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Could Marshall be a better quarterback, leader because of the marijuana bust?

Auburn quarterback Nick Marshall (Photo: YouTube)
Auburn quarterback Nick Marshall (Photo: YouTube)

AUBURN, Ala. — As Cam Newton sweats it out in Gatorade’s latest national ad campaign, another Auburn Heisman hopeful is left to wonder when he will have the opportunity to earn a Gatorade of his own during this weekend’s season opener against Arkansas.

When the internet lit up in July with the news of Nick Marshall’s offseason marijuana bust, quiet doubts about the 2014 season grew into a roar. After all, it was already going to be hard enough to rekindle the magic of the Tiger’s historic 2013 campaign.

How would Auburn handle such an incident less than two months ahead of kickoff? Where does the embattled QB stand as the team’s leader? What does this mean for his career? And, most importantly, what would head coach Gus Malzahn do?

Fans hoped for answers at SEC Media Days, which were held shortly after the bust. But Malzahn chose to bench Marshall from the event, echoing 2010’s Cam-less post-game press conferences and successfully shielding his quarterback from journalists only too eager to ask the tough questions.

That was the first indication that Marshall would benefit from the experience Malzahn gained while dealing with Cam’s alleged indiscretions in 2010, when Malzahn was Auburn’s offensive coordinator and Newton was a quarterback sacked by bad publicity.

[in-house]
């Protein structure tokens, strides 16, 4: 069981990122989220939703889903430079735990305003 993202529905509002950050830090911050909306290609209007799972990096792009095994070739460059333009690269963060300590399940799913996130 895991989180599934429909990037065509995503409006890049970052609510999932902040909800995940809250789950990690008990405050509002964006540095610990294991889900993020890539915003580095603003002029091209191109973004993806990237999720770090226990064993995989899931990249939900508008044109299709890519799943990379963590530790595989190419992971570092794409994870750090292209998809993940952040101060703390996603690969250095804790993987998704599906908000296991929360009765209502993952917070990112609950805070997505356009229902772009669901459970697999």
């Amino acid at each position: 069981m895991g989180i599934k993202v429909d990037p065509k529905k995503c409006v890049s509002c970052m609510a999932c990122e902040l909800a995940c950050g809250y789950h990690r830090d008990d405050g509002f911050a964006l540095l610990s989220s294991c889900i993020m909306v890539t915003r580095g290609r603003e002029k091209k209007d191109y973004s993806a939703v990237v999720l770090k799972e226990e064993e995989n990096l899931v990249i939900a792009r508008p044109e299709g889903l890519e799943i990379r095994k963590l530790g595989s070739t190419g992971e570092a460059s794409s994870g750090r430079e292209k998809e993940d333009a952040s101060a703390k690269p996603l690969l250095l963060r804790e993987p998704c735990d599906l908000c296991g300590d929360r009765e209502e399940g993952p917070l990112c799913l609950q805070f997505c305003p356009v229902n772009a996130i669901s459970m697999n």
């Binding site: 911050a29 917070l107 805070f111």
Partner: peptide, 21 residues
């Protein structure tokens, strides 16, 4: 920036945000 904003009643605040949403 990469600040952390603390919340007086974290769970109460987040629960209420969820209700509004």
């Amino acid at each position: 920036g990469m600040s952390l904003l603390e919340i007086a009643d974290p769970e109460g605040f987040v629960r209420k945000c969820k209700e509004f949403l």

While no details emerged on Marshall’s future, Malzahn did make it clear that the seat behind the mic was a privilege the quarterback had deprived himself of.

With that, Malzahn demonstrated a much-needed steady hand at the helm of the Auburn Tigers. After 2012’s dismal season that swirled with rumors of unrest within the program, the sweater-vested coach with no margin for huddles or errors proved a capable leader both on and off the field.

So, what about Nick Marshall?

At a press conference in early August, he stood behind a podium for the first time since the incident, appearing remorseful yet collected as he fielded a barrage of questions. His responses emphasized his desire to rebuild trust. He looked like a player — and a man — who had sincerely matured in the wake of a mistake.

And while all parties involved would probably prefer the incident never happened, it may end up being the catalyst the embattled quarterback needed to focus on the daunting task at hand.

Having also lost the privilege to start the season opener, Marshall spent the days after the incident immersing himself in preseason practices and film sessions. He’s achieved “marked improvement” as a passer, according to offensive coordinator Rhett Lashlee, which must be horrifying to opposing defenses who already viewed him as one of the nation’s top dual threat QBs.

But the most impressive progression Marshall has made over the last couple of months is as a leader.

He is leaving no doubt about where he stands now; teammates report a more vocal leadership style, hinting at a quarterback eager to prove himself worthy of his former position at the top of the depth chart.

In an era when talent and notoriety often erase the consequences of indiscretions, Gus Malzahn and his Tigers have come together to remind us what integrity and accountability look like.

Fans have responded by rallying around the quarterback, their anticipation of the 2014 season unabated by the offseason setbacks.

Backup quarterback Jeremy Johnson, the likely candidate for the first snap against Arkansas, is even lauding Marshall as Heisman-worthy.

In the aftermath of an untimely downfall, it would appear as though a latent bravado has emerged in Nick Marshall. And when he does get the opportunity to join his teammates on the field, it probably won’t take long to see that the weighty issues of the summer have made him a stronger quarterback, and Auburn a better team.


Follow Shanna on Twitter @shannalo